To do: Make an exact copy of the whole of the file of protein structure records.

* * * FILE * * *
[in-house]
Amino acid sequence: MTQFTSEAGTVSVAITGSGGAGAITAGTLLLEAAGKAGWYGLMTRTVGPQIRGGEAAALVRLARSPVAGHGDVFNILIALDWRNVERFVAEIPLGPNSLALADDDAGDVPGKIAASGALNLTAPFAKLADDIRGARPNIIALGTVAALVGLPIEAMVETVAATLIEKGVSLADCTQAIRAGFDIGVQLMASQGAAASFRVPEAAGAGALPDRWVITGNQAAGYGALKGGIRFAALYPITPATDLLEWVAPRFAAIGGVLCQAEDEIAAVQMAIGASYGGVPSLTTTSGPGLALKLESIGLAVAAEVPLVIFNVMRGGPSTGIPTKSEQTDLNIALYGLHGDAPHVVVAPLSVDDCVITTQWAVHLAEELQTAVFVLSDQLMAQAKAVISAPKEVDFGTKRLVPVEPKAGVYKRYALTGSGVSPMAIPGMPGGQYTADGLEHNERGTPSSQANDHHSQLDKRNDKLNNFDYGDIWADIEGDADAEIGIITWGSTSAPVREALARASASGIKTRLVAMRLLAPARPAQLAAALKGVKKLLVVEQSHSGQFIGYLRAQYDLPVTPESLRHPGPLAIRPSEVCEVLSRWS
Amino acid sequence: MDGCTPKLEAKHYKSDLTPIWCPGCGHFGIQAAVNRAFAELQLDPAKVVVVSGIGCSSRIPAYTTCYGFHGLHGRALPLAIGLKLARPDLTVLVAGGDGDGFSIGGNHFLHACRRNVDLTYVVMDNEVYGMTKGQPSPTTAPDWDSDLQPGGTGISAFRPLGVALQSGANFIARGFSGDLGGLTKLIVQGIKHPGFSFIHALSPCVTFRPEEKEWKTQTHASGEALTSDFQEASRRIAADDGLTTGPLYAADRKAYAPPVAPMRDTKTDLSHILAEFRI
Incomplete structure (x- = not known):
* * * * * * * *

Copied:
[in-house]
Amino acid sequence: MTQFTSEAGTVSVAITGSGGAGAITAGTLLLEAAGKAGWYGLMTRTVGPQIRGGEAAALVRLARSPVAGHGDVFNILIALDWRNVERFVAEIPLGPNSLALADDDAGDVPGKIAASGALNLTAPFAKLADDIRGARPNIIALGTVAALVGLPIEAMVETVAATLIEKGVSLADCTQAIRAGFDIGVQLMASQGAAASFRVPEAAGAGALPDRWVITGNQAAGYGALKGGIRFAALYPITPATDLLEWVAPRFAAIGGVLCQAEDEIAAVQMAIGASYGGVPSLTTTSGPGLALKLESIGLAVAAEVPLVIFNVMRGGPSTGIPTKSEQTDLNIALYGLHGDAPHVVVAPLSVDDCVITTQWAVHLAEELQTAVFVLSDQLMAQAKAVISAPKEVDFGTKRLVPVEPKAGVYKRYALTGSGVSPMAIPGMPGGQYTADGLEHNERGTPSSQANDHHSQLDKRNDKLNNFDYGDIWADIEGDADAEIGIITWGSTSAPVREALARASASGIKTRLVAMRLLAPARPAQLAAALKGVKKLLVVEQSHSGQFIGYLRAQYDLPVTPESLRHPGPLAIRPSEVCEVLSRWS
Amino acid sequence: MDGCTPKLEAKHYKSDLTPIWCPGCGHFGIQAAVNRAFAELQLDPAKVVVVSGIGCSSRIPAYTTCYGFHGLHGRALPLAIGLKLARPDLTVLVAGGDGDGFSIGGNHFLHACRRNVDLTYVVMDNEVYGMTKGQPSPTTAPDWDSDLQPGGTGISAFRPLGVALQSGANFIARGFSGDLGGLTKLIVQGIKHPGFSFIHALSPCVTFRPEEKEWKTQTHASGEALTSDFQEASRRIAADDGLTTGPLYAADRKAYAPPVAPMRDTKTDLSHILAEFRI
Incomplete structure (x- = not known):